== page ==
MBW 815: Now With Less Potato

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I’ve been following the Starbucks unionization efforts with some interest. As a former barista, I can certainly sympathize with the workers. I also grew up in a family that owned a small business, so I’m sympathetic to small business owners. I have less sympathy for a company like Apple that generates more than a billion dollars of profit every single week. They could easily afford to make Apple stores the most coveted retail job in the world by treating their associates better than anyone else.


I’ve seen it both ways.

In Germany, the employer can’t stop a union forming, although I’ve seen them bring in lawyers to “discuss” what unionisation means in an open forum and I’ve seen key employees bribed (sudden plethora of people getting company cars, “star” employees getting a laptop as a thank you for hard work etc.)

On the other hand, where I am at the moment, one site is unionised (the site was bought from another company and the staff were already in a union) and another unionised itself. The employer said there was no need, but got out of the way and let them get on with it. They unionised to get bargaining for a pay rise, the employer said that if the employees had just come to them and asked, they would have agreed to the terms the union wanted. At the third site, the employer put in an employee council, which has the same powers and bargaining as the union would have, but without all the overhead of union fees etc. Free election among the employees for reps and the staff can ask for what they want and it is discussed civily with the management. To be honest, it works more smoothly than the unionised sites. But we have a good employer.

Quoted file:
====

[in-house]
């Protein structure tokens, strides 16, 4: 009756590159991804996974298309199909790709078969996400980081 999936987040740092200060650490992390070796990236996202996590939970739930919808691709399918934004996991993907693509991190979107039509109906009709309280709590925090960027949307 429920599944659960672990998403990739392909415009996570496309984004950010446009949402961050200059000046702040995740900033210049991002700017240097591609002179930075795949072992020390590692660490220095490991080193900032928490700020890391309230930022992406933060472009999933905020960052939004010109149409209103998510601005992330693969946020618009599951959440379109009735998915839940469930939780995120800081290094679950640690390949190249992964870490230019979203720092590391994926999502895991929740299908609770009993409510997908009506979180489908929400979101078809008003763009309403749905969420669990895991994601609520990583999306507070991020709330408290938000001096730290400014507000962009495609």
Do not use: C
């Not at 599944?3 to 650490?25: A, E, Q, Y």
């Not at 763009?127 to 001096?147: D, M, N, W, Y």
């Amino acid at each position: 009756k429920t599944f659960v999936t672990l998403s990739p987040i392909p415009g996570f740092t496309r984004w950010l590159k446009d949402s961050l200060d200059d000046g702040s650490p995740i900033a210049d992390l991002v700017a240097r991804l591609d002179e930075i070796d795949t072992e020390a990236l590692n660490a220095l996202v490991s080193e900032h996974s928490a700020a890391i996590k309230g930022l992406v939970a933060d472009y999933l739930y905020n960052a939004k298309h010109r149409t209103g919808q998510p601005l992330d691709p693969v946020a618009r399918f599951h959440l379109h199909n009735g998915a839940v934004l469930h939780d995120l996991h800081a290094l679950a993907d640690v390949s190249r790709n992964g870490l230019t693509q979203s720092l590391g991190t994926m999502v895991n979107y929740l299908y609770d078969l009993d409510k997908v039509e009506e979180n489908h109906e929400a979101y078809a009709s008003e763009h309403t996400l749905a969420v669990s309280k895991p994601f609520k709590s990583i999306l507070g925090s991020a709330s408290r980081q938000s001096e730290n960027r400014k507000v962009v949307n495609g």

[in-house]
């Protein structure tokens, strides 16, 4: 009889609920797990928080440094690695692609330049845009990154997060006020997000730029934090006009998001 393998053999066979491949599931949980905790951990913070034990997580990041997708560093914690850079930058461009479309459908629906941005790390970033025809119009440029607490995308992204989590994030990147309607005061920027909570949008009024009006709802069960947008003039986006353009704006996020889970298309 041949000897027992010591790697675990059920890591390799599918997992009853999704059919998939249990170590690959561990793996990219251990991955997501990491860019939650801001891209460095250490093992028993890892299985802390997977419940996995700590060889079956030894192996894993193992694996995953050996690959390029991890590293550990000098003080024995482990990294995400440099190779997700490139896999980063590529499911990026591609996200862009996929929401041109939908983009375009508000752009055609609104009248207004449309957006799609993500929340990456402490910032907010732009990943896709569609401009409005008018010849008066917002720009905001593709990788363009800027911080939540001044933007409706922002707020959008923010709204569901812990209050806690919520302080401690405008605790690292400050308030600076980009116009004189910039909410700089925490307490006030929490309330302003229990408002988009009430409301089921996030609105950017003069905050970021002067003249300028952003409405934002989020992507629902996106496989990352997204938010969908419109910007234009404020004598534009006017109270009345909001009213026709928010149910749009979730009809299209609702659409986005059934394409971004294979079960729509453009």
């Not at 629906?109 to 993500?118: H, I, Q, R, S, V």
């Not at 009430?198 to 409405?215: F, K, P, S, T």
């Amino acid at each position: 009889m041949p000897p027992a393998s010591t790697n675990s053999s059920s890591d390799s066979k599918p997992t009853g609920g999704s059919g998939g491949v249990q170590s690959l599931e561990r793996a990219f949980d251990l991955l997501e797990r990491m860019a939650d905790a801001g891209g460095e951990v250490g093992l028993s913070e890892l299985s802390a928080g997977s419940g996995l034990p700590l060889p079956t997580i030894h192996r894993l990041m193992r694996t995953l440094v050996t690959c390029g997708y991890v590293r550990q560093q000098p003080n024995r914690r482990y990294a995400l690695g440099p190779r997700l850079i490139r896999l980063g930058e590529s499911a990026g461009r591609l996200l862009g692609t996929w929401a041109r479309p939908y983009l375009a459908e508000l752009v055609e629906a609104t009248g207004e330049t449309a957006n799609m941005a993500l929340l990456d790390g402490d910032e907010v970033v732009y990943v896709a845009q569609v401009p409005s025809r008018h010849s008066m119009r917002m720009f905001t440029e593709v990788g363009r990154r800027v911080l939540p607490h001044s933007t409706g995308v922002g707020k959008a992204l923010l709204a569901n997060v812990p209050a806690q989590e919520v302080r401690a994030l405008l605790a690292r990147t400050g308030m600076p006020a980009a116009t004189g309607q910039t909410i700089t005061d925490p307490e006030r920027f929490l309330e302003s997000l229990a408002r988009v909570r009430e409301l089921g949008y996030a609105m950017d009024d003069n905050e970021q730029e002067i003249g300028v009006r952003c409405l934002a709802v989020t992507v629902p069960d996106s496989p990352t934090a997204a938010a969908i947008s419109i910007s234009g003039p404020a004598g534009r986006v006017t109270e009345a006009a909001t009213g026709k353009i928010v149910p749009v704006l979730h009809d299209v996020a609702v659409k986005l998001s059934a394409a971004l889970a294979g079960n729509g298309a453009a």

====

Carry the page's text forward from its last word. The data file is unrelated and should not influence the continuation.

One of the reasons the unions demands could be easily met is that we are paid on the basis of an industry tariff and the employer already voluntarily pays more than the tariff rates, so the union didn’t really have much of a bargaining position.